The David Parr House, Cambridge. A small, three-bedroomed house bought in 1887 by David Parr a working-class ‘artist-painter’, who replicated within his own home, the Gothic Revival and Arts & Crafts decorative work he undertook for F. R. Leach & Sons who were employed on the embellishment of significant commissions throughout the city and worked with such distinguished figures as the architects George Frederick Bodley, George Gilbert Scott Junior and the designer William Morris.
Working with the University of Lincoln, the team were asked to replicate and restore two Lincrusta-Walton panels to the left of the front door. It is believed the hallway design was created by David Parr from multiple small ‘offcuts’, pieced together from an original nineteenth-century Lincrusta-Walton design, No. 1128 ‘Hampton Court’.
The panels were originally 18 inches wide and could be purchased for 2 shillings and 9d from wholesalers. The earliest reference within catalogues was found in 1898, where it was described as sold in the colour ‘Cedar’ or ‘B’, a chocolate or warm brown colour.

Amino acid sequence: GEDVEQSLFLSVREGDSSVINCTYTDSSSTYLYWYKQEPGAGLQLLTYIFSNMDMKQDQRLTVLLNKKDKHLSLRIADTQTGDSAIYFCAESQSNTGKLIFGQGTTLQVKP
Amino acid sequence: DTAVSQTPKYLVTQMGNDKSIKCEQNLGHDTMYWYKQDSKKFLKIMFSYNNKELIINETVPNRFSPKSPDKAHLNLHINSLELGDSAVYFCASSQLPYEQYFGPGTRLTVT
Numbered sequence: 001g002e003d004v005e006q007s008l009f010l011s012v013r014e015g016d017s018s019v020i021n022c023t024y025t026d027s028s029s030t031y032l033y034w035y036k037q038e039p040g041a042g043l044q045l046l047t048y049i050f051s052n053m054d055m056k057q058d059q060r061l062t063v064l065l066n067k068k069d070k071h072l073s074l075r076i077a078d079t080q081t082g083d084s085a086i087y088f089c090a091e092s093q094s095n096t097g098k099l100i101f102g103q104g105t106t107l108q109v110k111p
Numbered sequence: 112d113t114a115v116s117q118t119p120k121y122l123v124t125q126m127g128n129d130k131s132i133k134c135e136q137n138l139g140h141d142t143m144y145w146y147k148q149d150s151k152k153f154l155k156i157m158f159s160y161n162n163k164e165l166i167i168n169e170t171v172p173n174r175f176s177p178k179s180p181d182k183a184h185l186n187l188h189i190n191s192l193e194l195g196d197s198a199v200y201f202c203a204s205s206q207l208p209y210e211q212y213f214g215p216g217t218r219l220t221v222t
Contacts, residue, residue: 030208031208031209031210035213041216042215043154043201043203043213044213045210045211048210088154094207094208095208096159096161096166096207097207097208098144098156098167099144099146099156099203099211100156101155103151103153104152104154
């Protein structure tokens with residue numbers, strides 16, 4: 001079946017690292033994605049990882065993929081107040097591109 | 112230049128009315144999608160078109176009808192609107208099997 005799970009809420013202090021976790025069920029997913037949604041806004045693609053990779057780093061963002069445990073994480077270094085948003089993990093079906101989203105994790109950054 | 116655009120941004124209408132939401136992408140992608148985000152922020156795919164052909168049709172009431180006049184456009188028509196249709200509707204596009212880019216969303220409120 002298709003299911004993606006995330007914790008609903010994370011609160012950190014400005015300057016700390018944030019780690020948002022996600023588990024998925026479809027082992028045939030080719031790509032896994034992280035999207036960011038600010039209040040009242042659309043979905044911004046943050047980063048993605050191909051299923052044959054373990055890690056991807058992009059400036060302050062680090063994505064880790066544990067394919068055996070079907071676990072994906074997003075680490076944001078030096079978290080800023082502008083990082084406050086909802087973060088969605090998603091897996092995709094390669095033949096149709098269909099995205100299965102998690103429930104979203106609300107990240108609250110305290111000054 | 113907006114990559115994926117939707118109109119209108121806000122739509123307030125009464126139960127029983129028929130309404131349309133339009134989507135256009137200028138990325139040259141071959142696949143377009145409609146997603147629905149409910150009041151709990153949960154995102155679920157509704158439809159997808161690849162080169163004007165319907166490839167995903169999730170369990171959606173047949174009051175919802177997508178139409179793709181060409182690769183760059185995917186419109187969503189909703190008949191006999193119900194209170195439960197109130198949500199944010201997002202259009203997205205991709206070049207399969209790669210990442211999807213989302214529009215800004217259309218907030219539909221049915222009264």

Two of the six small panels to the left of the front door below dado height, which had over the past century begun to curl and break away from the wall, were restored.
The replication process involved making a reinforced mould taken from one of the intact panels. From this mould, very thin casts of the relief were made in a composite of gypsum suspended in an acrylic resin. Once partially cured, the replicated panels were cut to size and adhered to the wall using a strong adhesive, then filled and finally, colour-matched to the rich dark chocolate brown of the original Lincrusta-Walton.